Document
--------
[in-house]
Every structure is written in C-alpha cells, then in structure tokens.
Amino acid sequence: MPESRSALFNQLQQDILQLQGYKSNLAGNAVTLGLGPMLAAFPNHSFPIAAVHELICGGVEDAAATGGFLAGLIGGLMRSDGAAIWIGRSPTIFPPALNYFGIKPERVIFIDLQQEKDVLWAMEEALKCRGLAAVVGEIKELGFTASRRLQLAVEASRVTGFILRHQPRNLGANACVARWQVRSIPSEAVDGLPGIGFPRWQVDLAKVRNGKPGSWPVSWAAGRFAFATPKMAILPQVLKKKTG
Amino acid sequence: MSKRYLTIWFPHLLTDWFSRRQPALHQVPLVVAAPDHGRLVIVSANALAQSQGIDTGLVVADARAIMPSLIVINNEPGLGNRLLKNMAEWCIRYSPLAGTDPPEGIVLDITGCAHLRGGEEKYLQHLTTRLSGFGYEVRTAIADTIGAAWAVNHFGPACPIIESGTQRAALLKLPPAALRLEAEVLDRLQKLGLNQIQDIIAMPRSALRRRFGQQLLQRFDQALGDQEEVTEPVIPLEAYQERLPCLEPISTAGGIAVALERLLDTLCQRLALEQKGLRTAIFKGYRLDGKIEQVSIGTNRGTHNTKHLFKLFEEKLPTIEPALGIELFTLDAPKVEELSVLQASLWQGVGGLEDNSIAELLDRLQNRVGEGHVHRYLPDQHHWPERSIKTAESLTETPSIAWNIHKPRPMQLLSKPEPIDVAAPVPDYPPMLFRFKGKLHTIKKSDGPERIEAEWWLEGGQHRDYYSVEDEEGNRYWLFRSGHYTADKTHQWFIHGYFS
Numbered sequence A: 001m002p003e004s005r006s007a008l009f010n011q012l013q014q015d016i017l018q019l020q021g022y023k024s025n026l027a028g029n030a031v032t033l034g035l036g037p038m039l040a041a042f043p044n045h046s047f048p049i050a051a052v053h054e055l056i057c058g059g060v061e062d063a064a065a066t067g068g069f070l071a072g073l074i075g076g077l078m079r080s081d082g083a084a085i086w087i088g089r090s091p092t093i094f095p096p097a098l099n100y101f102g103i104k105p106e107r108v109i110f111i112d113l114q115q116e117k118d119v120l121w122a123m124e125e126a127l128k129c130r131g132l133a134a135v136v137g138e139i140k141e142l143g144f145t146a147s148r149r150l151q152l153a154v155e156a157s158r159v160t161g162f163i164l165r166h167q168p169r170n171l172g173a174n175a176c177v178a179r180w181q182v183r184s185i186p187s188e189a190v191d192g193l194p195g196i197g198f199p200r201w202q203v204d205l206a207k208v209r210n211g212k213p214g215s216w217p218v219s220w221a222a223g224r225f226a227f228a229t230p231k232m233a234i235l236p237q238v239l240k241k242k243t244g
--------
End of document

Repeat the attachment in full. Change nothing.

[in-house]
Every structure is written in C-alpha cells, then in structure tokens.
Amino acid sequence: MPESRSALFNQLQQDILQLQGYKSNLAGNAVTLGLGPMLAAFPNHSFPIAAVHELICGGVEDAAATGGFLAGLIGGLMRSDGAAIWIGRSPTIFPPALNYFGIKPERVIFIDLQQEKDVLWAMEEALKCRGLAAVVGEIKELGFTASRRLQLAVEASRVTGFILRHQPRNLGANACVARWQVRSIPSEAVDGLPGIGFPRWQVDLAKVRNGKPGSWPVSWAAGRFAFATPKMAILPQVLKKKTG
Amino acid sequence: MSKRYLTIWFPHLLTDWFSRRQPALHQVPLVVAAPDHGRLVIVSANALAQSQGIDTGLVVADARAIMPSLIVINNEPGLGNRLLKNMAEWCIRYSPLAGTDPPEGIVLDITGCAHLRGGEEKYLQHLTTRLSGFGYEVRTAIADTIGAAWAVNHFGPACPIIESGTQRAALLKLPPAALRLEAEVLDRLQKLGLNQIQDIIAMPRSALRRRFGQQLLQRFDQALGDQEEVTEPVIPLEAYQERLPCLEPISTAGGIAVALERLLDTLCQRLALEQKGLRTAIFKGYRLDGKIEQVSIGTNRGTHNTKHLFKLFEEKLPTIEPALGIELFTLDAPKVEELSVLQASLWQGVGGLEDNSIAELLDRLQNRVGEGHVHRYLPDQHHWPERSIKTAESLTETPSIAWNIHKPRPMQLLSKPEPIDVAAPVPDYPPMLFRFKGKLHTIKKSDGPERIEAEWWLEGGQHRDYYSVEDEEGNRYWLFRSGHYTADKTHQWFIHGYFS
Numbered sequence A: 001m002p003e004s005r006s007a008l009f010n011q012l013q014q015d016i017l018q019l020q021g022y023k024s025n026l027a028g029n030a031v032t033l034g035l036g037p038m039l040a041a042f043p044n045h046s047f048p049i050a051a052v053h054e055l056i057c058g059g060v061e062d063a064a065a066t067g068g069f070l071a072g073l074i075g076g077l078m079r080s081d082g083a084a085i086w087i088g089r090s091p092t093i094f095p096p097a098l099n100y101f102g103i104k105p106e107r108v109i110f111i112d113l114q115q116e117k118d119v120l121w122a123m124e125e126a127l128k129c130r131g132l133a134a135v136v137g138e139i140k141e142l143g144f145t146a147s148r149r150l151q152l153a154v155e156a157s158r159v160t161g162f163i164l165r166h167q168p169r170n171l172g173a174n175a176c177v178a179r180w181q182v183r184s185i186p187s188e189a190v191d192g193l194p195g196i197g198f199p200r201w202q203v204d205l206a207k208v209r210n211g212k213p214g215s216w217p218v219s220w221a222a223g224r225f226a227f228a229t230p231k232m233a234i235l236p237q238v239l240k241k242k243t244g